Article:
Following the beating, Scott was charged with assault and battery and held in solitary confinement for months. The incident left him with permanent scars, he said in an interview. Scott, 44, has trouble breathing and speaks softly because it hurts to speak.
In December 2021, Scott filed a lawsuit against the police officers whom he allegedly beat him. In a voice as soft as a whisper, he said, "I want to be heard."
TAt the end of March, the contract of the prison officers' union expired. Governor Kathy Hotchul's office is negotiating a new deal, and a spokeswoman said she hoped to reach an agreement with the union soon.
"The Hotchul Government strongly condemns all forms of violence," spokeswoman Hazel Crampton-Hayes wrote in an email, adding that the office will continue to work with the prison agency "to increase security throughout the system."
In the past, the union has exercised considerable political influence, especially in rural communities where prisons and prison staff reside. He put up billboards and held regular press conferences opposing restrictions on the use of solitary confinement and drawing attention to attacks on officers.
The union has managed to protect its members' jobs, even though the prison population has almost halved since 2010 and the state has closed 20 prisons. The number of officers fell by about 22 percent, leaving the state with roughly one guard for every two inmates, one of the highest staff numbers in the country.
According to an analysis by the Marshall Project, Guardsmen earned an average of $87,000 last year.salary data from the Empire Center for Public Policy.
In 2018, Democrats took control of the state legislature and some were critical of the Department of Corrections' failure to prosecute officers accused of abuse.
"It's a structural cultural problem in the department," said Senator Julia Salazar of D-Brooklyn, chair of the corrections oversight committee. "It's just a massive betrayal of public trust."
But previous attempts to give the Department of Corrections more power to discipline officers have failed.
W 2016 r. New York Timesreported that state officials had promised to intensify investigations into the brutalityafter an arbitrator reinstated an officer with back pay, although a guard was caught on video repeatedly beating a prisoner lying on the floor. Juryacquitted the guard of the attackhowever, attacks on prisoners continued.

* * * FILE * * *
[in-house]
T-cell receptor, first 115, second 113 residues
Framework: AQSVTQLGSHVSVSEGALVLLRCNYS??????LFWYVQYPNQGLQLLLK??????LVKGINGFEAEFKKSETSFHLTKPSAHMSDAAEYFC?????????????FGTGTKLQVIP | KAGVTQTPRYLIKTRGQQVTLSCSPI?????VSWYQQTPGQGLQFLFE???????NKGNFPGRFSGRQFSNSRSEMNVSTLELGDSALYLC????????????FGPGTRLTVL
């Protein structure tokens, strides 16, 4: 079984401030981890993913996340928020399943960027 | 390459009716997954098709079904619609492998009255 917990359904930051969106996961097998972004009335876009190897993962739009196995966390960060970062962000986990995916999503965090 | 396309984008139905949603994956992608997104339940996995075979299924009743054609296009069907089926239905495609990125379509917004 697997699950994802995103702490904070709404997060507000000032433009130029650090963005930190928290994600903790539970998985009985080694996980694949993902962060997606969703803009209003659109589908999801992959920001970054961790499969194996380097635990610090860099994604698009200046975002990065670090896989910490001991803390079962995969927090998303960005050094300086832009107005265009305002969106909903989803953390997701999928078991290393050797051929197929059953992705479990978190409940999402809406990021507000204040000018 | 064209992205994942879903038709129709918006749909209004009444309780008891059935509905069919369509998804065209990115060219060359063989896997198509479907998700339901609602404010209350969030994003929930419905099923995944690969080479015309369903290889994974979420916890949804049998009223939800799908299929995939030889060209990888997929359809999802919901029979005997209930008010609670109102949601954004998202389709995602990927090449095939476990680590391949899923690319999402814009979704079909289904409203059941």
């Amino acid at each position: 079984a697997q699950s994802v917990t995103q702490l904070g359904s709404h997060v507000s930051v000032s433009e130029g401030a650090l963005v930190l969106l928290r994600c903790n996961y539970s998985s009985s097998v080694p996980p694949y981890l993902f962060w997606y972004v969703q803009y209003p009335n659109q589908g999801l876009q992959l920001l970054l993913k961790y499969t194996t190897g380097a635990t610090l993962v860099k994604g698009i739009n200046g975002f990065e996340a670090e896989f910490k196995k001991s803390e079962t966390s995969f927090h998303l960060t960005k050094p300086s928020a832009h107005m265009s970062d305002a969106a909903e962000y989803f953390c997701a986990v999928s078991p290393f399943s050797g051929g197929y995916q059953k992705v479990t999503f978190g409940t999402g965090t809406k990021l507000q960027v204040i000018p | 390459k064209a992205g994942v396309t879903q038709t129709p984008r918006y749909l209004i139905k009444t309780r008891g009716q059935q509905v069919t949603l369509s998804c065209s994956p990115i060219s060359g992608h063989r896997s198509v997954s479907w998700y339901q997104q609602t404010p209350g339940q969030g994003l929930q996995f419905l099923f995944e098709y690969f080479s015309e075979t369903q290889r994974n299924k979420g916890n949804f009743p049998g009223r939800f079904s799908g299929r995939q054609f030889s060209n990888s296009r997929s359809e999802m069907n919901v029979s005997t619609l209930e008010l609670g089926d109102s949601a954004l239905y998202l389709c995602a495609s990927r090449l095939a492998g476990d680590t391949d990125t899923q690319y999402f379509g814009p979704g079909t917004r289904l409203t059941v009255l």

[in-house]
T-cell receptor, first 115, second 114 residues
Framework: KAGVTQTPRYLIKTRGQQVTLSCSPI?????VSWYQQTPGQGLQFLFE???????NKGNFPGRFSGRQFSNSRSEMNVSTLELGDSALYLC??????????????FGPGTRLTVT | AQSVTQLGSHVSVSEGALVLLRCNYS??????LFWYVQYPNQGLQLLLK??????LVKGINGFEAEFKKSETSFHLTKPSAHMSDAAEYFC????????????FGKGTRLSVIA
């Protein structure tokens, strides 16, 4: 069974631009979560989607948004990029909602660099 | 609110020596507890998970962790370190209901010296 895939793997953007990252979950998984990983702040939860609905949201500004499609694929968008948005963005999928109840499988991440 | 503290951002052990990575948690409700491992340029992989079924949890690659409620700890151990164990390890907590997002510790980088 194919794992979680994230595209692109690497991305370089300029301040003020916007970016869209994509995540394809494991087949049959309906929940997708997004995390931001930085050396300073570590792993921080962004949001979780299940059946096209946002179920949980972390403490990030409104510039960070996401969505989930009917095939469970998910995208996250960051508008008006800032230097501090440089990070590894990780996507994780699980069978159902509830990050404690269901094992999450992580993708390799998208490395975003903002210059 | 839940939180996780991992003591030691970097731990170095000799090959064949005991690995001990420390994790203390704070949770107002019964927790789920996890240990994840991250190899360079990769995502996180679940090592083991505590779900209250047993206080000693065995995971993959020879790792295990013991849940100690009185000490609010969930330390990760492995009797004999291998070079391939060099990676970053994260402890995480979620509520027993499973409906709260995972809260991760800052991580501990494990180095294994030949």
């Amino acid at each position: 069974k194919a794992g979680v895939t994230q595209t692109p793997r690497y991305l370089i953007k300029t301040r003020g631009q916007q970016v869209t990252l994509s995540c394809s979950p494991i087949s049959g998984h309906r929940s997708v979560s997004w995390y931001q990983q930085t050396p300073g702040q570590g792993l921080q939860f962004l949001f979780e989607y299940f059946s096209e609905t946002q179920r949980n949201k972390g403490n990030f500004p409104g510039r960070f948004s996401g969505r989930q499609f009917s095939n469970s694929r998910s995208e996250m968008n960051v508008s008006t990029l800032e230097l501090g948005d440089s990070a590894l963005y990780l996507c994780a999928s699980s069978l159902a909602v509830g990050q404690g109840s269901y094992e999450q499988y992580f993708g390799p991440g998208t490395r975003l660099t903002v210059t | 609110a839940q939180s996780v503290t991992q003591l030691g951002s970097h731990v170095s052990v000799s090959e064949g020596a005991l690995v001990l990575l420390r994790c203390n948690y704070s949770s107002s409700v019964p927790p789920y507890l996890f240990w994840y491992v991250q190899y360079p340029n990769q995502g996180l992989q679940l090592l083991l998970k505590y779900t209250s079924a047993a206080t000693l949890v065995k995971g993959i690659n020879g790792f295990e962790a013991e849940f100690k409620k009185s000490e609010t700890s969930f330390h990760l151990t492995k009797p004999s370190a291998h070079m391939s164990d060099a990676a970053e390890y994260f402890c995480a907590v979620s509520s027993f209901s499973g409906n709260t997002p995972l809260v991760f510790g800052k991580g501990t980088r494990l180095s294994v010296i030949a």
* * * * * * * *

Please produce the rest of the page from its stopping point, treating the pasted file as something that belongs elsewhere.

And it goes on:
Two years later, Governor Andrew Cuomopushing legislationgive the prison commissioner the power to discharge officers, but the plan fell through after opposition from the Assembly and Senate.
In 2019, government officials were negotiatingrare changeon the disciplinary system: new three-member arbitration boards for serious cases, which could give the state more firefighting powers; But this system was never used. a prison spokesman blamed the coronavirus pandemic.
A powerful union can undermine prison security by burdening the disciplinary process, said Steve J. Martin, who has worked as a correctional officer across the country and is now a judge superintendent of New York's Rikers Island prisons.
Officers "know they can beat the system more often," Martin said. "This is how you develop those cultures where excessive violence occurs on a regular basis."Introductory Statement Subscribe to our daily newsletter for the best criminal justice news.
WSince detainees cannot count on the state to take disciplinary action against officers accused of abuse, many have turned to the courts for help.
When Karl Taylor, an inmate at Sullivan Correctional Facility, died in 2015, his family sued,alleged guards beat himbecause he refused to clean his cell. The state agreed to a $5 million trial and agreed to install cameras at the prison, which is located near Monticello, New York. But the department did not file disciplinary charges against any of the officers involved. The agency noted that the grand jury did not indict the guards.